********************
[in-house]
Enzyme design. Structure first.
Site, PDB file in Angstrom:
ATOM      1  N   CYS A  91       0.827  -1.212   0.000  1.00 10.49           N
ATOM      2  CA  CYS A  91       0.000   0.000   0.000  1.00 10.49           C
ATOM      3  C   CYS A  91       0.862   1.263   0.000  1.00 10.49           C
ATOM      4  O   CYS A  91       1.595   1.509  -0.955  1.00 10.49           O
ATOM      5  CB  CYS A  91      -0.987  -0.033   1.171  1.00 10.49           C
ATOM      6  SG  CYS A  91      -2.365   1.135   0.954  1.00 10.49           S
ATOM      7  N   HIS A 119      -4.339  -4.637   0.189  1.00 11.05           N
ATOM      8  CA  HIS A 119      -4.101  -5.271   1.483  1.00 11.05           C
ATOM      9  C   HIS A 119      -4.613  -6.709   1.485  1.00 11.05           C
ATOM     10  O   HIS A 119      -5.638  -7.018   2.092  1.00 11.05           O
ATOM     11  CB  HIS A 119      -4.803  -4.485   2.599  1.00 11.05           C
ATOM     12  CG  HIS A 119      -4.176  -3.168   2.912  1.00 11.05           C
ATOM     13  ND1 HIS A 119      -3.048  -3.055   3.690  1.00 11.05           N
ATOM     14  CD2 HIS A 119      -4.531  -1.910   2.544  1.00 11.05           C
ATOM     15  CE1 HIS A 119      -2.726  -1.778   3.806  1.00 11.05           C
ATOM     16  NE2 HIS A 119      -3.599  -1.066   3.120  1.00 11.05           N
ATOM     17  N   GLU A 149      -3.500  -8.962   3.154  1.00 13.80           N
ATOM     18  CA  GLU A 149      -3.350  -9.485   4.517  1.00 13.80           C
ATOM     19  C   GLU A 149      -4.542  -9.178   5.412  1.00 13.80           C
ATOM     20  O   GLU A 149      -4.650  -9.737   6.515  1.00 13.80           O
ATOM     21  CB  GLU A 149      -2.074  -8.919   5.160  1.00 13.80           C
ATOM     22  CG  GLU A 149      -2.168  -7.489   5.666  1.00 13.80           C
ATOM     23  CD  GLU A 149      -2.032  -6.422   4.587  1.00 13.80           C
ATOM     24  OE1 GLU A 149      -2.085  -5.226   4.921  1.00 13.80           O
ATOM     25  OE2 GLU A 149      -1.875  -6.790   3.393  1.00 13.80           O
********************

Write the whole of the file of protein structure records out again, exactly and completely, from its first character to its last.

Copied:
[in-house]
Enzyme design. Structure first.
Site, PDB file in Angstrom:
ATOM      1  N   CYS A  91       0.827  -1.212   0.000  1.00 10.49           N
ATOM      2  CA  CYS A  91       0.000   0.000   0.000  1.00 10.49           C
ATOM      3  C   CYS A  91       0.862   1.263   0.000  1.00 10.49           C
ATOM      4  O   CYS A  91       1.595   1.509  -0.955  1.00 10.49           O
ATOM      5  CB  CYS A  91      -0.987  -0.033   1.171  1.00 10.49           C
ATOM      6  SG  CYS A  91      -2.365   1.135   0.954  1.00 10.49           S
ATOM      7  N   HIS A 119      -4.339  -4.637   0.189  1.00 11.05           N
ATOM      8  CA  HIS A 119      -4.101  -5.271   1.483  1.00 11.05           C
ATOM      9  C   HIS A 119      -4.613  -6.709   1.485  1.00 11.05           C
ATOM     10  O   HIS A 119      -5.638  -7.018   2.092  1.00 11.05           O
ATOM     11  CB  HIS A 119      -4.803  -4.485   2.599  1.00 11.05           C
ATOM     12  CG  HIS A 119      -4.176  -3.168   2.912  1.00 11.05           C
ATOM     13  ND1 HIS A 119      -3.048  -3.055   3.690  1.00 11.05           N
ATOM     14  CD2 HIS A 119      -4.531  -1.910   2.544  1.00 11.05           C
ATOM     15  CE1 HIS A 119      -2.726  -1.778   3.806  1.00 11.05           C
ATOM     16  NE2 HIS A 119      -3.599  -1.066   3.120  1.00 11.05           N
ATOM     17  N   GLU A 149      -3.500  -8.962   3.154  1.00 13.80           N
ATOM     18  CA  GLU A 149      -3.350  -9.485   4.517  1.00 13.80           C
ATOM     19  C   GLU A 149      -4.542  -9.178   5.412  1.00 13.80           C
ATOM     20  O   GLU A 149      -4.650  -9.737   6.515  1.00 13.80           O
ATOM     21  CB  GLU A 149      -2.074  -8.919   5.160  1.00 13.80           C
ATOM     22  CG  GLU A 149      -2.168  -7.489   5.666  1.00 13.80           C
ATOM     23  CD  GLU A 149      -2.032  -6.422   4.587  1.00 13.80           C
ATOM     24  OE1 GLU A 149      -2.085  -5.226   4.921  1.00 13.80           O
ATOM     25  OE2 GLU A 149      -1.875  -6.790   3.393  1.00 13.80           O